The president stated that the key objective of the event was to “build a national consensus.” Let’s take that point seriously and address it. That goal is vague to the point of uselessness. Consensus on what? Moreover, what indications are there that the Adama Barrow regime is serious about building national consensus on important issues facing the country? The Barrow government had a bigger opportunity than any in the history of the country to rule and engender national consensus on many highly important issues. For instance, President Barrow came to power on the basis of a coalition that he did not create but was luckily positioned to benefit from. Yet, when he came to power, he systematically dismantled that coalition. The charade that the current government is a coalition is underscored by the fact that the only so-called oppositions in government are individuals such as Hamat Bah, Henry Gomez and former APRCfunctionaries that are more interested in having jobs than being driven by the nation’s development problems.  None of the real opposition, are in government even though they were in the coalition that brought Adama Barrow to power. 

Beyond the disintegration of the coalition, Adama Barrow’s government has shown no real seriousness towards consensus building. Nothing would signify consensus building more than undertaking a just transition to democracy by repudiating Yahya Jammeh, his party and his legacy, as well as seriously taking the recommendations of the Janneh Commission, the Constitutional Review Commission (CRC) and the Truth Reconciliation and Reparations Commission (TRRC). Yet, Adama Barrow’s government went into a coalition with the APRC party and retained key members of its ruling circle. The government has now completed its total disregard of the Janneh Commission through its opaque disposal of the Jammeh assets and disregarding of many its recommendations. The work of the CRC is now forgotten as the country continues to labor under the constitution created by Yahya Jammeh. Despite the TRRC concluding its activities years ago, no meaningful actions have been taken on its recommendations. Where is the national consensus?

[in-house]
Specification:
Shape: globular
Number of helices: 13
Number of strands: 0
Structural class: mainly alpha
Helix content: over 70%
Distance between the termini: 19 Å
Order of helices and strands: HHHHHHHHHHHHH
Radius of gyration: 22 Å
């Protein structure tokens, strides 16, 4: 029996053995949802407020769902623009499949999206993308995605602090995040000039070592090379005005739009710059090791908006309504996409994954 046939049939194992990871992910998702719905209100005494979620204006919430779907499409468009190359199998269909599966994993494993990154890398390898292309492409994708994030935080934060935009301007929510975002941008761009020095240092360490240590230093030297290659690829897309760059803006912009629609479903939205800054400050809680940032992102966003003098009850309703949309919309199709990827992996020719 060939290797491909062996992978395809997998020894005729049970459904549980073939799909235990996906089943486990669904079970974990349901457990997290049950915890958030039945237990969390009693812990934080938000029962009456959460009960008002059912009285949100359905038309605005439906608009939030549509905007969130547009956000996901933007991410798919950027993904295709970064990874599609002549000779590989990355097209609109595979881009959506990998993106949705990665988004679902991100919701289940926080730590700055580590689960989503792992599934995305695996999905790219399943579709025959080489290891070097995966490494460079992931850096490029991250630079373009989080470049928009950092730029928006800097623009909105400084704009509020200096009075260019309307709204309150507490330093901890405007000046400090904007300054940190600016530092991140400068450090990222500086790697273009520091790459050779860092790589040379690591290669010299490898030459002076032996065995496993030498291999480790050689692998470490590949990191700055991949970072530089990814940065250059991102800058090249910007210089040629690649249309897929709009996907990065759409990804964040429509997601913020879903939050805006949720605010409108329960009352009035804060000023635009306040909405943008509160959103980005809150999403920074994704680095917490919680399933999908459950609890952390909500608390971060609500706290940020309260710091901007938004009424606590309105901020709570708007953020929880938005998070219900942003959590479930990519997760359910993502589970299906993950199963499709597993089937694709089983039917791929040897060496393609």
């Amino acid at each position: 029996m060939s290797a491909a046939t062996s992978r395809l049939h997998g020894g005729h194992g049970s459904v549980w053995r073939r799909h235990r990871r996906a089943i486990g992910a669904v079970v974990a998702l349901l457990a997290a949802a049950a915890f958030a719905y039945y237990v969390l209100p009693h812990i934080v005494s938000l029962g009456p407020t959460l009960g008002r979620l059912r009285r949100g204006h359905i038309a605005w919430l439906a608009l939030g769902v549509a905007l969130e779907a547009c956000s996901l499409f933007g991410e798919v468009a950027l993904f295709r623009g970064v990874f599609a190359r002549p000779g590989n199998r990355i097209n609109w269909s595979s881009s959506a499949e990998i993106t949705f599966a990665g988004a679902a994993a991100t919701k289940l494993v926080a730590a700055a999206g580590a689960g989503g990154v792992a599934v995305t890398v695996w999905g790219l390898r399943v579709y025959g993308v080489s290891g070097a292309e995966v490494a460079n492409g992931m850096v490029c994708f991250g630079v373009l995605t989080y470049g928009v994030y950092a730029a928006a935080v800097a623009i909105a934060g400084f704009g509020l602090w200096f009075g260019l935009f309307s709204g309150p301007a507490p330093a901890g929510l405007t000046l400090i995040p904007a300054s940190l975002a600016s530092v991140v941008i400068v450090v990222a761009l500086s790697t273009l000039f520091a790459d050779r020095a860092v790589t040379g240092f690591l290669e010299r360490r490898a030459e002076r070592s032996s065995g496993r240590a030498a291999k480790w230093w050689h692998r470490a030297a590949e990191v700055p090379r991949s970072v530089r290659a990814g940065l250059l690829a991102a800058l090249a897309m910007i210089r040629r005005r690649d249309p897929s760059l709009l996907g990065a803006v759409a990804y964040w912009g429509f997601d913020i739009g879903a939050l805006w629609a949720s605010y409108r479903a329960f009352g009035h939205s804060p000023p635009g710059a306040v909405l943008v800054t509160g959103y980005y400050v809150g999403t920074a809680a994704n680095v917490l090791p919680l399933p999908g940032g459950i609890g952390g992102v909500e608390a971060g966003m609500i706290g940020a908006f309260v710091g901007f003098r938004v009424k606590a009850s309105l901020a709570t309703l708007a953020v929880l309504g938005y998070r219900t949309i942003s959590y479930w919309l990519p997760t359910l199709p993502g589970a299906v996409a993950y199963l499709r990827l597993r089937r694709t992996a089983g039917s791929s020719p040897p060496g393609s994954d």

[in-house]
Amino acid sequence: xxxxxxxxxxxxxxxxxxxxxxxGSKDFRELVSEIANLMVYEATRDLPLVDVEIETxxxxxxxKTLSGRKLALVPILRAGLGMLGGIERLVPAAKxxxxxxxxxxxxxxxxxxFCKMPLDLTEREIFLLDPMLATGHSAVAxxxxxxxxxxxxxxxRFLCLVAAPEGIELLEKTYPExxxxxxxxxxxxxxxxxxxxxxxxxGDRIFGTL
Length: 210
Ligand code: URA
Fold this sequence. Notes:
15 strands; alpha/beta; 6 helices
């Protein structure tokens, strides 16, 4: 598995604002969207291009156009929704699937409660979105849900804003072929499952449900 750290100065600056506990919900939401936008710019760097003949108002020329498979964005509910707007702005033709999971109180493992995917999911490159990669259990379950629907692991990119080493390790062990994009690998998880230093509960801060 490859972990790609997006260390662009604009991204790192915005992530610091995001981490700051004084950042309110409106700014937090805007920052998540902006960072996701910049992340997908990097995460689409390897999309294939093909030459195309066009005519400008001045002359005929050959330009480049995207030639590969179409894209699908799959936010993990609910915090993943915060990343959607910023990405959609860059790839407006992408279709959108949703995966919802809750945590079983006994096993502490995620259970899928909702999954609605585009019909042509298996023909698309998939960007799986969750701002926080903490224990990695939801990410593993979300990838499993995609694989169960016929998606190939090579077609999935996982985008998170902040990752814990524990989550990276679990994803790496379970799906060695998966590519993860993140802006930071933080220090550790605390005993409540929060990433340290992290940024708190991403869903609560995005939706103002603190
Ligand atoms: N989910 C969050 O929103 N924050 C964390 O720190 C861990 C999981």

The situation is no different when one looks at the day-to-dayactivities of the Barrow government. Another prime example is the central government’s long-running conflict with local governments that are headed by the opposition parties. Apart from the National Assembly, these local governments provide the best opportunity for consensus building when it comes to addressing national development. But despite the immense opportunity, we have not observed any collaborative endeavors from Adama Barrow’s central government. Where is the national consensus?

The whole event was not without substance but not due to any special effort by President Barrow and his government. Some of the opposition figures did deliver substantive speeches. Among them were BB Dabo and Halifa Sallah, who should be commended for their seriousness. Those excellent speeches notwithstanding, both BB Dabo and Halifa Sallah could have delivered those speeches outside of that event and have in fact delivered variations of those points in numerous other forums. 

So we come back to what the goal of the event was and what was actually achieved. Did president Barrow need to convene the so-called “national dialogue” event to get the viewpoints of the leaders of the various political parties in the 7th year of rule if he really meant it? What could those party leaders have said in the forum that was not known to him and his government if they had already prioritized the nation’s development? The task we have with national leadership in the Gambia is not an accounting of the problems but taking those national problems with the seriousness they deserve and address them with a real sense of purpose.